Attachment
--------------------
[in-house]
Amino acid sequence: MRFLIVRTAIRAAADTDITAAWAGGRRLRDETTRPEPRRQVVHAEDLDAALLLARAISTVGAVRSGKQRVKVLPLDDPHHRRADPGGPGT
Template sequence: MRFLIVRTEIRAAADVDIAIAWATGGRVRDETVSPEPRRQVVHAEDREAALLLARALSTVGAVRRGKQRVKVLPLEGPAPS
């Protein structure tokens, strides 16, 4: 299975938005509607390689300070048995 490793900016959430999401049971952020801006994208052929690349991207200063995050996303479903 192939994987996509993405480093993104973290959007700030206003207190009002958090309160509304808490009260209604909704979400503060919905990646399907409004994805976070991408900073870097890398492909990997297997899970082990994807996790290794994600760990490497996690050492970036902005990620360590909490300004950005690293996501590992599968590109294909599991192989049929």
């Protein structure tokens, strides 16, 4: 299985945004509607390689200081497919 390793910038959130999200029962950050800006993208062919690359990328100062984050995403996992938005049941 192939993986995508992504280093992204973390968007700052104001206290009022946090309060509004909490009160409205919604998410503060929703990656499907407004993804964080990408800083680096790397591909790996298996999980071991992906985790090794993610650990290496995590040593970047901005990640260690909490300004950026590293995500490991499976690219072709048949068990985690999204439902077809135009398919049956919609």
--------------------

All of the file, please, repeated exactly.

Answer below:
[in-house]
Amino acid sequence: MRFLIVRTAIRAAADTDITAAWAGGRRLRDETTRPEPRRQVVHAEDLDAALLLARAISTVGAVRSGKQRVKVLPLDDPHHRRADPGGPGT
Template sequence: MRFLIVRTEIRAAADVDIAIAWATGGRVRDETVSPEPRRQVVHAEDREAALLLARALSTVGAVRRGKQRVKVLPLEGPAPS
């Protein structure tokens, strides 16, 4: 299975938005509607390689300070048995 490793900016959430999401049971952020801006994208052929690349991207200063995050996303479903 192939994987996509993405480093993104973290959007700030206003207190009002958090309160509304808490009260209604909704979400503060919905990646399907409004994805976070991408900073870097890398492909990997297997899970082990994807996790290794994600760990490497996690050492970036902005990620360590909490300004950005690293996501590992599968590109294909599991192989049929």
């Protein structure tokens, strides 16, 4: 299985945004509607390689200081497919 390793910038959130999200029962950050800006993208062919690359990328100062984050995403996992938005049941 192939993986995508992504280093992204973390968007700052104001206290009022946090309060509004909490009160409205919604998410503060929703990656499907407004993804964080990408800083680096790397591909790996298996999980071991992906985790090794993610650990290496995590040593970047901005990640260690909490300004950026590293995500490991499976690219072709048949068990985690999204439902077809135009398919049956919609």